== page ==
Panetta: ‘Will NATO retreat from its responsibilities?’

NATO is "a model for how nations can come together to advance global peace and global security"

From Leon Panetta, Department of Defense:  Since 1949, NATO has been an unprecedented force for global security and prosperity, developing into the most effective and capable and enduring multilateral security alliance the world has ever seen.  

Now more than 60 years old, more than two decades after the fall of the Berlin Wall, and more than a decade after 9/11, NATO remains the bedrock of America’s global network of alliances and partnerships.  But today, after over 11 years of war, I believe we are at another turning point in the history of the transatlantic alliance.  

We are facing some very tough questions.  What is the future of the NATO alliance?  Will NATO retreat from its responsibilities out of complacency or a different set of priorities in the face of growing budget constraints?  Or will NATO have the creativity, the innovation, the commitment to develop and share the capabilities it must have in order to meet future security threats? . . .

[T]he United States and Europe now are facing the reality of budget constraints together.  And in an era of constrained resources, we need to make our alliances count.  The bottom line is that no one nation can confront the threats that I’ve described alone.  That’s the reality.  But that also means no one nation can shoulder the burden for our collective security alone.  

That’s why I have made building stronger alliances and partnerships my top priority as secretary of defense, including NATO.  It’s also why I believe we have a window of opportunity to fundamentally reorient the transatlantic alliance to tackle the most pressing challenges that we are facing in the 21st century, and yet to be able to meet our fiscal responsibilities at the same time.  I do not believe we have to choose between fiscal responsibility and our responsibility to national security.

Let me describe three areas of focus that must be made if we are to bolster NATO and to confront the threats of the future. 

First, we must develop innovative alliance cooperation.  It will be essential to finally move away from the Cold War approaches to meeting alliance security commitments and instead embrace cost-effective, innovative forms of defense cooperation that are tailored to meeting the most relevant security challenges that we face today and tomorrow. 

NATO can no longer be an alliance focused on a single type of mission, whether deterring the aggression of another superpower or conducting stability operations in Afghanistan.  To be prepared to quickly respond to a wide range of threats in an era of fiscal constraint, we have got to build an innovative, flexible, and rotational model for forward-developed presence and training. . . .

Second, we’ve got to invest in new frontiers.  A second key line of effort is to make an investment in critical new alliance capabilities that will help maintain our decisive military edge into the future.  For example, one of the key security challenges that I’ve focused on during my tenure as director of the CIA and now as secretary of defense is the threat from cyber-intrusions and cyber-attacks. . . .

Beyond cyber, we must also invest in other capabilities — new intelligence surveillance, reconnaissance platforms, next-generation platforms, such as the Joint Strike Fighter, and special operations forces.  As we attempt to acquire these capabilities amid severe budget challenges, it is imperative that we do so in a strategic and coordinated way.  NATO’s smart defense means that not every nation needs to duplicate capabilities.  Time has come when nations can share critical capabilities, critical capacities that enhance NATO’s ability to be able to respond to common threats.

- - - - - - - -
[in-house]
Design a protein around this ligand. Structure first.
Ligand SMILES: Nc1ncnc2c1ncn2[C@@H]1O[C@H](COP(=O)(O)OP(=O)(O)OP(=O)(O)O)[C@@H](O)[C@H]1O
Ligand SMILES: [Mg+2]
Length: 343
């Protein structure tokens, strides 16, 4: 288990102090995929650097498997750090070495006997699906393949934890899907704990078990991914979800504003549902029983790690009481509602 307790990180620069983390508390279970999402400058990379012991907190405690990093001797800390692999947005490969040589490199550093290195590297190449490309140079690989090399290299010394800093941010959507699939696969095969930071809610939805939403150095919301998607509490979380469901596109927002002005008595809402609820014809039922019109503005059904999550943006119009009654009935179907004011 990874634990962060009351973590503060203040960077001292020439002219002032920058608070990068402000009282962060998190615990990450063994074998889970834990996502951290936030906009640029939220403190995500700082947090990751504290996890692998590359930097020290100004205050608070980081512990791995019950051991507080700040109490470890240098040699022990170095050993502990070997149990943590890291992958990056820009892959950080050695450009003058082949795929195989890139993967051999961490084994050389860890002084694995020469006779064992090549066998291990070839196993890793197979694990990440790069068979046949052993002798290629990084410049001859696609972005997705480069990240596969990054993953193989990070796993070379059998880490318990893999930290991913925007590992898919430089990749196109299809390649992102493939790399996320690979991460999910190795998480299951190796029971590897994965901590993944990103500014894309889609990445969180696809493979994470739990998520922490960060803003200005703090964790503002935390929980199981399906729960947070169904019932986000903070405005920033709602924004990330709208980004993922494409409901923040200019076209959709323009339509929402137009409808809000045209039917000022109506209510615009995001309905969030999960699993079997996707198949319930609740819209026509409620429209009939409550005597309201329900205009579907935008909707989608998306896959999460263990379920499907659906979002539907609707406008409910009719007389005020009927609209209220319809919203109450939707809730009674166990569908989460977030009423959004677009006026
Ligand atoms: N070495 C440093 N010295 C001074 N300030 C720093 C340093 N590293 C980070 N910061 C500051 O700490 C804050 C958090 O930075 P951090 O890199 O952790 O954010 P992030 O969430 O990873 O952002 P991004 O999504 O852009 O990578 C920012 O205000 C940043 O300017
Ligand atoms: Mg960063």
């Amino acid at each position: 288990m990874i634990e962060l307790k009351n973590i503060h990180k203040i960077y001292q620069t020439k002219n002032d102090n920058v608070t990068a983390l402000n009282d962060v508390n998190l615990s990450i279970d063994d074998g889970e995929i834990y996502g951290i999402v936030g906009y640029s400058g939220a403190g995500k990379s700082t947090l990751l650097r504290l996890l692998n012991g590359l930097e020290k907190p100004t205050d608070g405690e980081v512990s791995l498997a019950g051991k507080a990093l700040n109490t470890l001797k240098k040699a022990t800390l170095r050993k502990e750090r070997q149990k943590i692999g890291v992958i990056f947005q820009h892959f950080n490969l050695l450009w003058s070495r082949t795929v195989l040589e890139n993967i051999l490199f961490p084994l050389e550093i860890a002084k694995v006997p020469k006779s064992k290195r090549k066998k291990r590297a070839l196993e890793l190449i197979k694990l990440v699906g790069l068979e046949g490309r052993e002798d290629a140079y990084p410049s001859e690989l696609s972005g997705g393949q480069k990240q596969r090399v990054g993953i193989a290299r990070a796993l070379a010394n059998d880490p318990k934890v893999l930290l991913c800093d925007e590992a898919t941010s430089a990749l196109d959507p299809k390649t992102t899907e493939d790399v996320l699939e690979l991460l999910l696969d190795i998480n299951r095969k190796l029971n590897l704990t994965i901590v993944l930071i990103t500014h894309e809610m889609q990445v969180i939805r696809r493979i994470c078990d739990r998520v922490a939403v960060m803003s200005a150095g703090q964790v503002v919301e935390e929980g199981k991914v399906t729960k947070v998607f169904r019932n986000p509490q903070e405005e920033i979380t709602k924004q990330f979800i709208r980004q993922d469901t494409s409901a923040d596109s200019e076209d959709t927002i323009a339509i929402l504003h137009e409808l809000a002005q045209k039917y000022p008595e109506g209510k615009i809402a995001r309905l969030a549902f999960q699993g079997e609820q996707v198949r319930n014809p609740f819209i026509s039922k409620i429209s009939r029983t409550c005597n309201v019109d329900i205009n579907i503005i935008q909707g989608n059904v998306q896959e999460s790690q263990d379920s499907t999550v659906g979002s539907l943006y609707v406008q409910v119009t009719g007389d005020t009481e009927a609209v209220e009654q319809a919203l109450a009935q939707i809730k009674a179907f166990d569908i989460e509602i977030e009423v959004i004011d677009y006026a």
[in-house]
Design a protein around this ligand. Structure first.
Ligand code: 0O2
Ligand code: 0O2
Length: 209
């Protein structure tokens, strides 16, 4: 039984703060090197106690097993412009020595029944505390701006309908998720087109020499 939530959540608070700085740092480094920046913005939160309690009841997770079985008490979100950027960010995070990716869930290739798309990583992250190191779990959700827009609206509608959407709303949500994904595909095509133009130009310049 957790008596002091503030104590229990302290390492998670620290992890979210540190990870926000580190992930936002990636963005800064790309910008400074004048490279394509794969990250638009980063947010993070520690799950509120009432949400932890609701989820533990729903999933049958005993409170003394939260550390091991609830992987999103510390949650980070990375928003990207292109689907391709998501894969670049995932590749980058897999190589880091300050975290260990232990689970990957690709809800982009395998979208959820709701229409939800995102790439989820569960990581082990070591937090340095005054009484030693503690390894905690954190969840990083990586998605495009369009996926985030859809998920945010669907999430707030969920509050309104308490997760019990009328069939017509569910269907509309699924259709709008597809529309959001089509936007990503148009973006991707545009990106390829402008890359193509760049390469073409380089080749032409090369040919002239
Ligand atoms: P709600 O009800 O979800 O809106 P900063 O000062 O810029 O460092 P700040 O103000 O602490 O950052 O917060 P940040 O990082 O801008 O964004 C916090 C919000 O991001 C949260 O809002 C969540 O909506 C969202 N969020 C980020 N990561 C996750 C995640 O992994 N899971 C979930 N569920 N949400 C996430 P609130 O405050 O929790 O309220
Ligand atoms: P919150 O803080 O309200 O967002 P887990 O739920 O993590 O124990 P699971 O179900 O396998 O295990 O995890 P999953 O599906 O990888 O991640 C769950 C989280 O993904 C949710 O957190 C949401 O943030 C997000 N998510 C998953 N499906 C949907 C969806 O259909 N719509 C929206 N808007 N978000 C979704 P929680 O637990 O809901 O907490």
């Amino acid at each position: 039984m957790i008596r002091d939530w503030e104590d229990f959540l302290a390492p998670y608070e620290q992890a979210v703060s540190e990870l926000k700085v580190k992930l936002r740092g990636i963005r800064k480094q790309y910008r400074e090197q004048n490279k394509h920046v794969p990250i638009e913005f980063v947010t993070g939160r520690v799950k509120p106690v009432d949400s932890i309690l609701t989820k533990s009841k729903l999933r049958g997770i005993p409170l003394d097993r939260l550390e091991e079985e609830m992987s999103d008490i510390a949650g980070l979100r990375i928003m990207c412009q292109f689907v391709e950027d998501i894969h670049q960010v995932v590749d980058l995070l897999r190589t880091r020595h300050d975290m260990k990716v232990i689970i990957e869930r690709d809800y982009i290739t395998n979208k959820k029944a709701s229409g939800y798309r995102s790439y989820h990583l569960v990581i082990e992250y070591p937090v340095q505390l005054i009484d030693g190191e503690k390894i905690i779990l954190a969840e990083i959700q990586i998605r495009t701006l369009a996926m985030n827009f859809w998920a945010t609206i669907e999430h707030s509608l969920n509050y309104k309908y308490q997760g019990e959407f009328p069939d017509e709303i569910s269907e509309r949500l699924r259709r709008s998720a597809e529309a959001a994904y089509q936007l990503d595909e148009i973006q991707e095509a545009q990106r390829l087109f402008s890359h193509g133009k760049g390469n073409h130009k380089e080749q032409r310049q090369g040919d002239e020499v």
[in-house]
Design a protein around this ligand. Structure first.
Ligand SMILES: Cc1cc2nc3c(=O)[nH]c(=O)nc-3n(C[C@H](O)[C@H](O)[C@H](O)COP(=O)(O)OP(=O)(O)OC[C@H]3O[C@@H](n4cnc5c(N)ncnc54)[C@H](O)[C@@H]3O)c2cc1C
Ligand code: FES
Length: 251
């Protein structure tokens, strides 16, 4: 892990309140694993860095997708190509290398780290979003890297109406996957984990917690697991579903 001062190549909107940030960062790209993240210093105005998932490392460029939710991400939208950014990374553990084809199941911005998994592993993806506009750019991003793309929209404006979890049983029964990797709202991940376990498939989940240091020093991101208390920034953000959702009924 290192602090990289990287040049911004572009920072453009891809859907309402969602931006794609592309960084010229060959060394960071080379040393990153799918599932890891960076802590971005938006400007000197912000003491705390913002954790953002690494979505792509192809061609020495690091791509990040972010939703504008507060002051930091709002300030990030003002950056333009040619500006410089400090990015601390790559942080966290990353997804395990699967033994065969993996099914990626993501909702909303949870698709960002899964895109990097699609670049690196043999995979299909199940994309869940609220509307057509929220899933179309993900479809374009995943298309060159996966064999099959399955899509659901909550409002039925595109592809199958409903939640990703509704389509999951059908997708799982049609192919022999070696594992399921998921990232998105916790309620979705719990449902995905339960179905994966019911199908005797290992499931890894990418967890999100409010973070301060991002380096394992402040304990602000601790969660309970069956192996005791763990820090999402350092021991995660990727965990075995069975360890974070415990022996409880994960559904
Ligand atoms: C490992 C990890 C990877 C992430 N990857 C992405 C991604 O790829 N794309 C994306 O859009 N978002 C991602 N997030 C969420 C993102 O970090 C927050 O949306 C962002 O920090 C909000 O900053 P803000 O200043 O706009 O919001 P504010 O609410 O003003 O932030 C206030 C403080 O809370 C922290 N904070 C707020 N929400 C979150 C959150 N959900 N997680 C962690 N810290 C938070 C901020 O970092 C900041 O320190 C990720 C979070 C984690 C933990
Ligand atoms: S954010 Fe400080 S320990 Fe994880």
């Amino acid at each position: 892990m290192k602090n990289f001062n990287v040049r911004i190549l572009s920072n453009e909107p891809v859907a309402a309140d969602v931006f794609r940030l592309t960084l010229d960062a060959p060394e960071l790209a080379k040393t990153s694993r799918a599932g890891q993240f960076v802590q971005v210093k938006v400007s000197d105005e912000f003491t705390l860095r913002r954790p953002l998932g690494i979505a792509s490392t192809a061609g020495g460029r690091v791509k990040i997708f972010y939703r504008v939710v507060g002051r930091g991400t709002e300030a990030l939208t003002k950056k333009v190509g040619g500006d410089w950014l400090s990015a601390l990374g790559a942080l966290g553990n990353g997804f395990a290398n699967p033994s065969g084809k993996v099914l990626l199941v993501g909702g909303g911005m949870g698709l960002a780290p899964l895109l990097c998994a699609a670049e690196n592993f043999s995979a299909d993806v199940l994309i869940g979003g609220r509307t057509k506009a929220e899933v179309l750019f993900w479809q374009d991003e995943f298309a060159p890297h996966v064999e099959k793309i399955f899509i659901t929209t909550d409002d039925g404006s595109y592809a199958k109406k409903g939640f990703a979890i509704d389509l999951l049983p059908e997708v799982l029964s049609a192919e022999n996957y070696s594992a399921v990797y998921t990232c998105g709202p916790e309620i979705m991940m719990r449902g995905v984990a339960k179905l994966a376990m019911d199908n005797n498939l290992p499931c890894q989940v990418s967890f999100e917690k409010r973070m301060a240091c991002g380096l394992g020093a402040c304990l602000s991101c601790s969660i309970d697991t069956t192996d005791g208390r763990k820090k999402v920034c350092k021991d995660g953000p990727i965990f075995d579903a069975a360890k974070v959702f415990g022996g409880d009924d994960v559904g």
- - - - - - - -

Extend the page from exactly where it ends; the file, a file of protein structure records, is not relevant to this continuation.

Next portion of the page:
And, finally, we have to build other regional partnerships.  The third pillar for building the transatlantic alliance of the 21st century must be a determined and proactive effort to build strong partnerships with nations and security organizations in other regions of the world.  

The purpose of this partnership approach is not to build a global NATO, but rather to help other regions do more to provide for their own security and in the process become more capable every day of partnering with us to be more effectively equipped to meet global challenges.  

We see this every day in Afghanistan, where more than 20 non-NATO countries — Australia, Jordan, others — work alongside NATO countries in ISAF.  And we saw the benefits of this approach in our Libya approach, as well, where the Arab League and the Gulf Cooperation Council partnered with Europe and North America under a NATO umbrella to protect the Libyan people.  The presence of these regional partners has added credibility and capability to the alliance effort and laid the groundwork for continued cooperation in the future. . . .

[I]n the NATO alliance, the world has a model for how nations can come together to advance global peace and global security.  After more than 60 years, it remains the one true military alliance capable of acting decisively to help achieve those goals.  But to fulfill those goals in the future, the transatlantic alliance must be strong and bold enough to change. 

The question now before the transatlantic alliance is whether our nations can build stronger defense partnerships and modernize our military capabilities in the face of significant fiscal uncertainty.  Our response to that question must be unequivocal.  It must be clear.  It must be defiant, in the spirit of Roosevelt and Churchill at Casablanca, that while we may face a great many challenges, we face none that our combined strength cannot overcome.

Excerpts from remarks by Secretary of Defense Leon Panetta at King’s College, London.  (photo: Andrew Winning/Reuters)

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